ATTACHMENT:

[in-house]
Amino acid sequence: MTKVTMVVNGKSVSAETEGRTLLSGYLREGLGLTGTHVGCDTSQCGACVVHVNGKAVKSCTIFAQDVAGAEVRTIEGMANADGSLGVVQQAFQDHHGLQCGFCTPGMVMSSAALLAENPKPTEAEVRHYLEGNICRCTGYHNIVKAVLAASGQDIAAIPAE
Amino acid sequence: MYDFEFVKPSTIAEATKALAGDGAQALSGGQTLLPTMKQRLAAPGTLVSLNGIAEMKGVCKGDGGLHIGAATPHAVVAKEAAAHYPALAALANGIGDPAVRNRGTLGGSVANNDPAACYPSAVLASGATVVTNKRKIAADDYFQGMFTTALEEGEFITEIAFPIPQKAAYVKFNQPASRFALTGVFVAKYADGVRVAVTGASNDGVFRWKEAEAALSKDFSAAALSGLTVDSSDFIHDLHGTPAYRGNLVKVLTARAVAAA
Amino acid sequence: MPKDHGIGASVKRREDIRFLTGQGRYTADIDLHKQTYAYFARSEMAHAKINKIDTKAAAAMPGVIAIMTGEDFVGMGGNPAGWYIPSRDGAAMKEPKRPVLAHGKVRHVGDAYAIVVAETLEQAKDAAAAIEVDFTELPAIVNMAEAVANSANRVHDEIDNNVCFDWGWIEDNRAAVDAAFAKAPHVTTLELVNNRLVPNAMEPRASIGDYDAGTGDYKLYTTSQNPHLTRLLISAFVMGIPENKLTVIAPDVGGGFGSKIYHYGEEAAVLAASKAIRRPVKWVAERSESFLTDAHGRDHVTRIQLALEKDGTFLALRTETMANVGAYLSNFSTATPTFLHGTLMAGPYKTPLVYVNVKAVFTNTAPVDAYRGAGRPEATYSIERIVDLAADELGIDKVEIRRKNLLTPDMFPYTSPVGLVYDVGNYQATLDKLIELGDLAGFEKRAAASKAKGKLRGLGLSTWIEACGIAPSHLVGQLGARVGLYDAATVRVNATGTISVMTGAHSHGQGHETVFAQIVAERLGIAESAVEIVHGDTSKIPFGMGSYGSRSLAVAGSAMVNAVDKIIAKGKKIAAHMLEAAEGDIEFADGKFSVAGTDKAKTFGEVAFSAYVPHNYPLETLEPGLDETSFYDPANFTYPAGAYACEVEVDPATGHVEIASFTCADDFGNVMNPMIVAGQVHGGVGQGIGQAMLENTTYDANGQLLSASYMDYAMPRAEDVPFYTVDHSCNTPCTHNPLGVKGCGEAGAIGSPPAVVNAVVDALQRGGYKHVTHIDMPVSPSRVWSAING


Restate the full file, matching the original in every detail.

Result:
[in-house]
Amino acid sequence: MTKVTMVVNGKSVSAETEGRTLLSGYLREGLGLTGTHVGCDTSQCGACVVHVNGKAVKSCTIFAQDVAGAEVRTIEGMANADGSLGVVQQAFQDHHGLQCGFCTPGMVMSSAALLAENPKPTEAEVRHYLEGNICRCTGYHNIVKAVLAASGQDIAAIPAE
Amino acid sequence: MYDFEFVKPSTIAEATKALAGDGAQALSGGQTLLPTMKQRLAAPGTLVSLNGIAEMKGVCKGDGGLHIGAATPHAVVAKEAAAHYPALAALANGIGDPAVRNRGTLGGSVANNDPAACYPSAVLASGATVVTNKRKIAADDYFQGMFTTALEEGEFITEIAFPIPQKAAYVKFNQPASRFALTGVFVAKYADGVRVAVTGASNDGVFRWKEAEAALSKDFSAAALSGLTVDSSDFIHDLHGTPAYRGNLVKVLTARAVAAA
Amino acid sequence: MPKDHGIGASVKRREDIRFLTGQGRYTADIDLHKQTYAYFARSEMAHAKINKIDTKAAAAMPGVIAIMTGEDFVGMGGNPAGWYIPSRDGAAMKEPKRPVLAHGKVRHVGDAYAIVVAETLEQAKDAAAAIEVDFTELPAIVNMAEAVANSANRVHDEIDNNVCFDWGWIEDNRAAVDAAFAKAPHVTTLELVNNRLVPNAMEPRASIGDYDAGTGDYKLYTTSQNPHLTRLLISAFVMGIPENKLTVIAPDVGGGFGSKIYHYGEEAAVLAASKAIRRPVKWVAERSESFLTDAHGRDHVTRIQLALEKDGTFLALRTETMANVGAYLSNFSTATPTFLHGTLMAGPYKTPLVYVNVKAVFTNTAPVDAYRGAGRPEATYSIERIVDLAADELGIDKVEIRRKNLLTPDMFPYTSPVGLVYDVGNYQATLDKLIELGDLAGFEKRAAASKAKGKLRGLGLSTWIEACGIAPSHLVGQLGARVGLYDAATVRVNATGTISVMTGAHSHGQGHETVFAQIVAERLGIAESAVEIVHGDTSKIPFGMGSYGSRSLAVAGSAMVNAVDKIIAKGKKIAAHMLEAAEGDIEFADGKFSVAGTDKAKTFGEVAFSAYVPHNYPLETLEPGLDETSFYDPANFTYPAGAYACEVEVDPATGHVEIASFTCADDFGNVMNPMIVAGQVHGGVGQGIGQAMLENTTYDANGQLLSASYMDYAMPRAEDVPFYTVDHSCNTPCTHNPLGVKGCGEAGAIGSPPAVVNAVVDALQRGGYKHVTHIDMPVSPSRVWSAING